For CMS, Pandemic Costs Collide With Tight County Budget
Superintendent Earnest Winston told the Charlotte-Mecklenburg school board Wednesday that his request for a $37 million increase from the county probably isn’t realistic.
On March 24, Winston presented a $1.6 billion budget plan that included the increase. But he told the board then that the plan had been prepared before the coronavirus swept the feet out from under the economy, when the county was projecting revenue growth.
Wednesday he reported an update from the county: "They have shared with us, as a result of the impact they’re experiencing and anticipating, that we should expect a flat budget."
Board Chair Elyse Dashew says "flat" actually means massive cuts, because more than half of Winston’s proposed increase is required just to hold steady – paying for things like state-mandated benefit increases or money to pass through to charter schools for anticipated enrollment growth.
"If we only did what we absolutely are required to do, no choice whatsoever, our budget request would grow by $22.8 million," Dashew said. "So if we have to look at flat funding, that means we’re going to have to cut or redirect $22.8 million."
It would also mean sacrificing requests for a higher minimum wage and more school counselors, social workers and security staff – or making even bigger cuts to offset them.
A New Norm
But when board members and staff talked Wednesday about running a school district during a pandemic, most of the talk was about the need for more money.
For instance, Chief Technology Officer Derek Root said CMS has sent home about 100,000 Chromebooks and other devices to allow students to do online lessons while schools are closed because of the coronavirus. He read a board member’s written question: "Do we need to increase the technology budget because there will be some loss or damage of devices sent home?"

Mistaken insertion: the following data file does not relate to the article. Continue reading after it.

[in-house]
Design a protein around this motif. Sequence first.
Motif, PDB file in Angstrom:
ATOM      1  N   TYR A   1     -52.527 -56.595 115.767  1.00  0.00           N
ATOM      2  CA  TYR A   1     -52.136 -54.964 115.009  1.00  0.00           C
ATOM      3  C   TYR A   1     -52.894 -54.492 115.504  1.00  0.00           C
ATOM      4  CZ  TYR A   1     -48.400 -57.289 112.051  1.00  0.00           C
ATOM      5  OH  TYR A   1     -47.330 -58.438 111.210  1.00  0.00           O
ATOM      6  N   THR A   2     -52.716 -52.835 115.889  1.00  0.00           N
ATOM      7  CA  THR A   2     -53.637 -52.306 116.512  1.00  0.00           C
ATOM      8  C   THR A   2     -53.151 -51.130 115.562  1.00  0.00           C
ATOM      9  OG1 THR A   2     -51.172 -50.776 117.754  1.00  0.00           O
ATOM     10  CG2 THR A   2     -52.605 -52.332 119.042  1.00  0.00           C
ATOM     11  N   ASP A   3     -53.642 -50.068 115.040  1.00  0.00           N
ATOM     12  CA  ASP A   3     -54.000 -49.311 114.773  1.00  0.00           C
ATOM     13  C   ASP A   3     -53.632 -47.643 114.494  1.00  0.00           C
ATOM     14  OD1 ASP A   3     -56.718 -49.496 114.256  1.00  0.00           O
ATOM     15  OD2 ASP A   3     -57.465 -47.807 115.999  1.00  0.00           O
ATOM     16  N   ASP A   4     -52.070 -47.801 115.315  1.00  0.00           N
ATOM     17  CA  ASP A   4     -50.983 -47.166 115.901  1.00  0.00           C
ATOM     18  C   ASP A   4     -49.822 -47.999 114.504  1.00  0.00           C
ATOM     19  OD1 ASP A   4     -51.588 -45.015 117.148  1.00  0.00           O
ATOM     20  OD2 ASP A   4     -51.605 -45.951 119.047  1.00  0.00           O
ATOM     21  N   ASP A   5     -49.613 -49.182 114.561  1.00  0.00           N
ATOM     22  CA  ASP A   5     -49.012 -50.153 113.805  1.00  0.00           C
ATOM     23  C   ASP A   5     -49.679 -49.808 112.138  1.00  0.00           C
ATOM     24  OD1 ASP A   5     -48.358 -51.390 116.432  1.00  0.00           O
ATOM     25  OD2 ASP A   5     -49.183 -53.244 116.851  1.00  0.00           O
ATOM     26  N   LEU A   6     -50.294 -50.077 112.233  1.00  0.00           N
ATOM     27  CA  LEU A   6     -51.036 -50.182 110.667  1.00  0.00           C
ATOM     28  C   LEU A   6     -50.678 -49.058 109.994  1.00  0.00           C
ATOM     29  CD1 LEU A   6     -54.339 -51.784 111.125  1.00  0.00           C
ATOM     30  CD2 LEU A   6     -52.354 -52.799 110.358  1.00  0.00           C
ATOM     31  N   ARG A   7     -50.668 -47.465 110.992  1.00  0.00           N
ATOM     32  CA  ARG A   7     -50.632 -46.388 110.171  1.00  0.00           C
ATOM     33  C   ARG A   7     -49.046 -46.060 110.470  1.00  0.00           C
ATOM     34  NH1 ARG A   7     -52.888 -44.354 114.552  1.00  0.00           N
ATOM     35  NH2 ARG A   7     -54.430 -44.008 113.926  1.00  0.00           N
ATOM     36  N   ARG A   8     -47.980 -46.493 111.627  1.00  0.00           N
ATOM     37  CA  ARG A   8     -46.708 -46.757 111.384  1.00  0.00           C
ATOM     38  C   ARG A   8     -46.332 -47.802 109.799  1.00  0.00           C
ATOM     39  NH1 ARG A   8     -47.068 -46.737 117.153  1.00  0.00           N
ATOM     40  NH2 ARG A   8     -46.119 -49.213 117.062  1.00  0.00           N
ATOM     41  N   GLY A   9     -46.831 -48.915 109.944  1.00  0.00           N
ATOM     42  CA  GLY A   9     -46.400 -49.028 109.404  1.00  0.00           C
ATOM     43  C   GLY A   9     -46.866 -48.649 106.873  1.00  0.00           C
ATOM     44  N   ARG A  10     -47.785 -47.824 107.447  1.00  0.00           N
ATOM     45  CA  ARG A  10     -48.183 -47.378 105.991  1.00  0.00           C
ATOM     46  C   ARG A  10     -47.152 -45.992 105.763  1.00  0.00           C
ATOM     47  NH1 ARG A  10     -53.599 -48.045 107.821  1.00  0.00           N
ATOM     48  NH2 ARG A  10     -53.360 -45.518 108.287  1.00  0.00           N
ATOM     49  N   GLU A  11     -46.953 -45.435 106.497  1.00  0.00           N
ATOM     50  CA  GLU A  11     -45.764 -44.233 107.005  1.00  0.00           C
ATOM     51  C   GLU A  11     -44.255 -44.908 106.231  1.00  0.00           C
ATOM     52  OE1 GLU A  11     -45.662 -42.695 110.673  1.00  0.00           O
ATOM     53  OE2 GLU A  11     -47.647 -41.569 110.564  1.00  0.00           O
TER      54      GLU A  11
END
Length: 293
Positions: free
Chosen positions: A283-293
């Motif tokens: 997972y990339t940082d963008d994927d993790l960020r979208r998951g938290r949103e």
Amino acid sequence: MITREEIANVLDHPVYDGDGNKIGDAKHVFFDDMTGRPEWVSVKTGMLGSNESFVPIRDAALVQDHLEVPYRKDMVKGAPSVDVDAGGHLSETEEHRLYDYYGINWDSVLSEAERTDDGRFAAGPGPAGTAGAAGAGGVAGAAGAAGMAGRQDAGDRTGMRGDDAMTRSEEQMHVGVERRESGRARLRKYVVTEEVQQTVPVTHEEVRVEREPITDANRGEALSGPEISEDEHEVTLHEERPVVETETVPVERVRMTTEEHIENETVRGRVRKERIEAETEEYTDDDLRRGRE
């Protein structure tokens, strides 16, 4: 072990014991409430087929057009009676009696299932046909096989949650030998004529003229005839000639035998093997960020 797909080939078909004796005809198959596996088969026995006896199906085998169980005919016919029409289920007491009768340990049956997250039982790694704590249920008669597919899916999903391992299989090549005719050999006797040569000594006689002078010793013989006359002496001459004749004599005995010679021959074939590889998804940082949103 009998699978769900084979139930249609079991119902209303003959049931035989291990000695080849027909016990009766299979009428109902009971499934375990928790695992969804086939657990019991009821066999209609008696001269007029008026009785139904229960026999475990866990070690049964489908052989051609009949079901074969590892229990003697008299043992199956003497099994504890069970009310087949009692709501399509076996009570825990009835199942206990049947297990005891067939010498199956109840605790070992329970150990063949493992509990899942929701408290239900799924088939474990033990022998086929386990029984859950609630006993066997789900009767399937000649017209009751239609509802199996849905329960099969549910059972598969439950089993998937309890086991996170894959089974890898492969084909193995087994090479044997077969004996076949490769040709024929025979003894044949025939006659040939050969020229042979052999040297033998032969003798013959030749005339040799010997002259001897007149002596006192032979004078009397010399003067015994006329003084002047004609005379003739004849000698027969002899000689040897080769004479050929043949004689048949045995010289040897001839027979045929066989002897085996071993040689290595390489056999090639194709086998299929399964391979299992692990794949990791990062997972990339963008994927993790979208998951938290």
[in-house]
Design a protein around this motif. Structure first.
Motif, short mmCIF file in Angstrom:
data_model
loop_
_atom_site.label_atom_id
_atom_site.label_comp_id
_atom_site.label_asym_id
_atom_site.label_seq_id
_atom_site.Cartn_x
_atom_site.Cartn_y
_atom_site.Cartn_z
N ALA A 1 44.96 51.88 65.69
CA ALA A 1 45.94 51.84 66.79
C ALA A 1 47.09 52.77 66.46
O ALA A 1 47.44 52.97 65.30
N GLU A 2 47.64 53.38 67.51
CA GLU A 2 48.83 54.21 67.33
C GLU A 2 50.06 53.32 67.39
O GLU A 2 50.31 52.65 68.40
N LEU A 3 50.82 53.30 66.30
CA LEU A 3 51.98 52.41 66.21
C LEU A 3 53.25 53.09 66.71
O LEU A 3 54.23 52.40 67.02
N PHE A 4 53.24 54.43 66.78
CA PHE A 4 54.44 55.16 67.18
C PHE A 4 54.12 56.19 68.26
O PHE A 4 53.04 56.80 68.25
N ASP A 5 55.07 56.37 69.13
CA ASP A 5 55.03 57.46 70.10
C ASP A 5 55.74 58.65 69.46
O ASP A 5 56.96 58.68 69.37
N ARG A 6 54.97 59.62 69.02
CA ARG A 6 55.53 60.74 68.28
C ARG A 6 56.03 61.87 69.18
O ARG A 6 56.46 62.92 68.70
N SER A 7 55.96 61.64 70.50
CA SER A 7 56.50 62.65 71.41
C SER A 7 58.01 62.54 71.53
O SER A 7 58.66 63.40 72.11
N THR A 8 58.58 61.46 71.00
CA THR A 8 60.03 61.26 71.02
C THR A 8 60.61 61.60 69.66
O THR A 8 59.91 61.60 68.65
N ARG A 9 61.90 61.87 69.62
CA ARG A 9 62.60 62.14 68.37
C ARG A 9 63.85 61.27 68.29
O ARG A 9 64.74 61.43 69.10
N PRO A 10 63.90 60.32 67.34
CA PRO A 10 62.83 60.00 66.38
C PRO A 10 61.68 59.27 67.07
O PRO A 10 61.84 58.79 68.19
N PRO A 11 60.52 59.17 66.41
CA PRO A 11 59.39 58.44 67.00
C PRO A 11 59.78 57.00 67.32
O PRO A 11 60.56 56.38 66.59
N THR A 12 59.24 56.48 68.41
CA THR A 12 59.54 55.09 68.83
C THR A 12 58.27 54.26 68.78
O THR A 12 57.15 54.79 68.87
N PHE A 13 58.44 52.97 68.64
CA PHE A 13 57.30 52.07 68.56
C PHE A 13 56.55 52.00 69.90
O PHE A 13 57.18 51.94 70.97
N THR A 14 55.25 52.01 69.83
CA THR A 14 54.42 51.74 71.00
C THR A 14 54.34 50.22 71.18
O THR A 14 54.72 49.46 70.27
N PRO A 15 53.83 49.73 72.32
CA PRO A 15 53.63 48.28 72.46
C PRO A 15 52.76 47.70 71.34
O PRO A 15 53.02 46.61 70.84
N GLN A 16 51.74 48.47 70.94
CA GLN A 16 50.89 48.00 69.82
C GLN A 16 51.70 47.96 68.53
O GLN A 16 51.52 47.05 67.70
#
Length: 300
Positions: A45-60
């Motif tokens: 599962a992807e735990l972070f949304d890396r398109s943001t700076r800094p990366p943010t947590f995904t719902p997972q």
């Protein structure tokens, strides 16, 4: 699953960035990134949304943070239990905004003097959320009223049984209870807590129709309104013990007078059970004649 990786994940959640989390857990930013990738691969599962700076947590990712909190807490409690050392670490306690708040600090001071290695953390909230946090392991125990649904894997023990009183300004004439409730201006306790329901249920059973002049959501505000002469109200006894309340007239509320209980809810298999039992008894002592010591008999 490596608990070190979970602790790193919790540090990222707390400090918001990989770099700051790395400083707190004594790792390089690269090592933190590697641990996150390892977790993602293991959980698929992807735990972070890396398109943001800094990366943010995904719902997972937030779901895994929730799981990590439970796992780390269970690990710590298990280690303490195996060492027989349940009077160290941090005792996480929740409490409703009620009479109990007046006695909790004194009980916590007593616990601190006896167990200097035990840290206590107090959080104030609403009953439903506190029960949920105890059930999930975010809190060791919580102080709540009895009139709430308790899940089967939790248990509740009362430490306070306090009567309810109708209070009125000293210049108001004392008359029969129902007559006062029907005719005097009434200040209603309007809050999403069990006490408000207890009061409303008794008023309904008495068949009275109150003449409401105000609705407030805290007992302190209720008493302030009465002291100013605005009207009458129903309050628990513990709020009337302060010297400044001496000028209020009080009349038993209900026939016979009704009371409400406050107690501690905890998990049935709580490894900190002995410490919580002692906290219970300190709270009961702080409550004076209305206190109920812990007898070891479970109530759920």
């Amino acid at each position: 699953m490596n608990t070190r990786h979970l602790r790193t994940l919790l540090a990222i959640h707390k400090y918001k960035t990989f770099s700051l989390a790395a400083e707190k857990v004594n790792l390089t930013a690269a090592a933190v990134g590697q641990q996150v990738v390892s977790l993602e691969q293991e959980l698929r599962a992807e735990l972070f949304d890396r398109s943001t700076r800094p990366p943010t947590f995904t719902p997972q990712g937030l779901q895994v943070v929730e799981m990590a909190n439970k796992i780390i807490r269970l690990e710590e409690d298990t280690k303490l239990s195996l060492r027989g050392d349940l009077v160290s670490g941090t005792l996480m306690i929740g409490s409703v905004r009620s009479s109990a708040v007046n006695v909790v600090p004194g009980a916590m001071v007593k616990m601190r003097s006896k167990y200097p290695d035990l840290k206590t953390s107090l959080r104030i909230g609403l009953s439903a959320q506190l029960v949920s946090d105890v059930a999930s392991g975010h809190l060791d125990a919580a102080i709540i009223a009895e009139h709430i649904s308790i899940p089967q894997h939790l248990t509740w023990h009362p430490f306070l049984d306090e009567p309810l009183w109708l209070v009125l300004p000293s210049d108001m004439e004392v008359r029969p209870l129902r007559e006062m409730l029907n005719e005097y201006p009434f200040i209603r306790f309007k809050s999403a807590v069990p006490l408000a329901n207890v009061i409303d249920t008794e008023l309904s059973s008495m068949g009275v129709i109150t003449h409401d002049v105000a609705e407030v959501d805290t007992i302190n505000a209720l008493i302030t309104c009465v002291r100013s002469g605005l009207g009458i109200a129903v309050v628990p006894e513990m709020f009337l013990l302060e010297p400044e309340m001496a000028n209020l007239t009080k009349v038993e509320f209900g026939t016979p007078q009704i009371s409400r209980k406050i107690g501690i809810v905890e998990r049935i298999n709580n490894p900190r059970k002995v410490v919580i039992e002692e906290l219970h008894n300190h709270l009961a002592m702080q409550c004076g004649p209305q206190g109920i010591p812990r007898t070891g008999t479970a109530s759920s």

Yes, Root said, but it’s tough to estimate the loss.
"Assuming we could lose up to 15% of the devices that we have sent home, I would estimate the cost of replacing those devices to be between $1.5 and $2 million," he said.
Chief Operating Officer Carol Stamper said school custodians have been required to do extra duty to sterilize schools -- and those demands won't end when students return.
"I think we are in a new day," Stamper said. "We have set a new norm."
One of the increases in Winston’s budget plan is almost $3 million to boost minimum hourly wages from $13.22 to $14.11. A board member asked what it would take to move custodians to $15 an hour. The answer: Another $2.7 million.
Winston said some people have also asked about providing a stipend for teachers who’ve dug into their own pockets for resources to teach from home. He called that “something to look at,” but said there’s no source of funding.
Huge Questions Remain
In an interview before the meeting, CMS Chief Financial Officer Sheila Shirley said massive uncertainty remains. Schools have been closed since March 16, and it's unclear whether they'll reopen in May or the governor's closing order will be extended. The closing has brought some savings in the budget year through the cancellation of profesisonal development for employees, travel for students and staff and athletic events. Shirley projects that utility and garbage collection bills will be down.
But there are also new costs, such as printing paper packets so K-3 students can learn from home, paying for translation services to reach families who don't speak English and staffing call centers for information.
The federal relief package is expected to bring CMS significant money, but the amount and timing remain unclear, Shirley said.
The board has three more weeks to figure out options before the scheduled budget vote on April 28.